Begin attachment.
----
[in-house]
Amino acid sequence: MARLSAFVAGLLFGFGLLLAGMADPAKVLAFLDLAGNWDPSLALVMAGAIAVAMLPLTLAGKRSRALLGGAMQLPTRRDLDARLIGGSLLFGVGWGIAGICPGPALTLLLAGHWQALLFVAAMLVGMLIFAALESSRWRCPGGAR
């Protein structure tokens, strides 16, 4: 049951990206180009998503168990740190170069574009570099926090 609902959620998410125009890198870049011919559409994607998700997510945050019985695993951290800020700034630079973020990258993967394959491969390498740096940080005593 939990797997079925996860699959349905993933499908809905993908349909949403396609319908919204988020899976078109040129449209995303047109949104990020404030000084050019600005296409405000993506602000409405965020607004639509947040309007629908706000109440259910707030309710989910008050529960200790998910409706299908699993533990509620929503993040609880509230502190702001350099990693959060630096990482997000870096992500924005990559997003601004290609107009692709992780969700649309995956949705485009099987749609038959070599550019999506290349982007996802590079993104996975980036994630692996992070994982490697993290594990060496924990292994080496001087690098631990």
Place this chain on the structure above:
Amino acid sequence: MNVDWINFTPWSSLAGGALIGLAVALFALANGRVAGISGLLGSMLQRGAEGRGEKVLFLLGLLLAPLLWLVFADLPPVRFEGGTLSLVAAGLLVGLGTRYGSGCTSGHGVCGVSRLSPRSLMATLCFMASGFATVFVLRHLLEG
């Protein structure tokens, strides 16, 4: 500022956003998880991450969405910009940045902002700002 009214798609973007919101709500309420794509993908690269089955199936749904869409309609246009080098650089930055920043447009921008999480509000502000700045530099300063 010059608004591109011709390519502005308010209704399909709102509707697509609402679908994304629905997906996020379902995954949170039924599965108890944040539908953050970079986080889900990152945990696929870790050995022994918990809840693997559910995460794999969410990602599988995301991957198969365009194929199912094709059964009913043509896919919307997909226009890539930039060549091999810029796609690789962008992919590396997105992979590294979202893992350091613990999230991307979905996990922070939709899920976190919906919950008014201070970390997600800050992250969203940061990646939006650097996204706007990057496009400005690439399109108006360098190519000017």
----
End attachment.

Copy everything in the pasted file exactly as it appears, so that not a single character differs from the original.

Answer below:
[in-house]
Amino acid sequence: MARLSAFVAGLLFGFGLLLAGMADPAKVLAFLDLAGNWDPSLALVMAGAIAVAMLPLTLAGKRSRALLGGAMQLPTRRDLDARLIGGSLLFGVGWGIAGICPGPALTLLLAGHWQALLFVAAMLVGMLIFAALESSRWRCPGGAR
């Protein structure tokens, strides 16, 4: 049951990206180009998503168990740190170069574009570099926090 609902959620998410125009890198870049011919559409994607998700997510945050019985695993951290800020700034630079973020990258993967394959491969390498740096940080005593 939990797997079925996860699959349905993933499908809905993908349909949403396609319908919204988020899976078109040129449209995303047109949104990020404030000084050019600005296409405000993506602000409405965020607004639509947040309007629908706000109440259910707030309710989910008050529960200790998910409706299908699993533990509620929503993040609880509230502190702001350099990693959060630096990482997000870096992500924005990559997003601004290609107009692709992780969700649309995956949705485009099987749609038959070599550019999506290349982007996802590079993104996975980036994630692996992070994982490697993290594990060496924990292994080496001087690098631990």
Place this chain on the structure above:
Amino acid sequence: MNVDWINFTPWSSLAGGALIGLAVALFALANGRVAGISGLLGSMLQRGAEGRGEKVLFLLGLLLAPLLWLVFADLPPVRFEGGTLSLVAAGLLVGLGTRYGSGCTSGHGVCGVSRLSPRSLMATLCFMASGFATVFVLRHLLEG
């Protein structure tokens, strides 16, 4: 500022956003998880991450969405910009940045902002700002 009214798609973007919101709500309420794509993908690269089955199936749904869409309609246009080098650089930055920043447009921008999480509000502000700045530099300063 010059608004591109011709390519502005308010209704399909709102509707697509609402679908994304629905997906996020379902995954949170039924599965108890944040539908953050970079986080889900990152945990696929870790050995022994918990809840693997559910995460794999969410990602599988995301991957198969365009194929199912094709059964009913043509896919919307997909226009890539930039060549091999810029796609690789962008992919590396997105992979590294979202893992350091613990999230991307979905996990922070939709899920976190919906919950008014201070970390997600800050992250969203940061990646939006650097996204706007990057496009400005690439399109108006360098190519000017």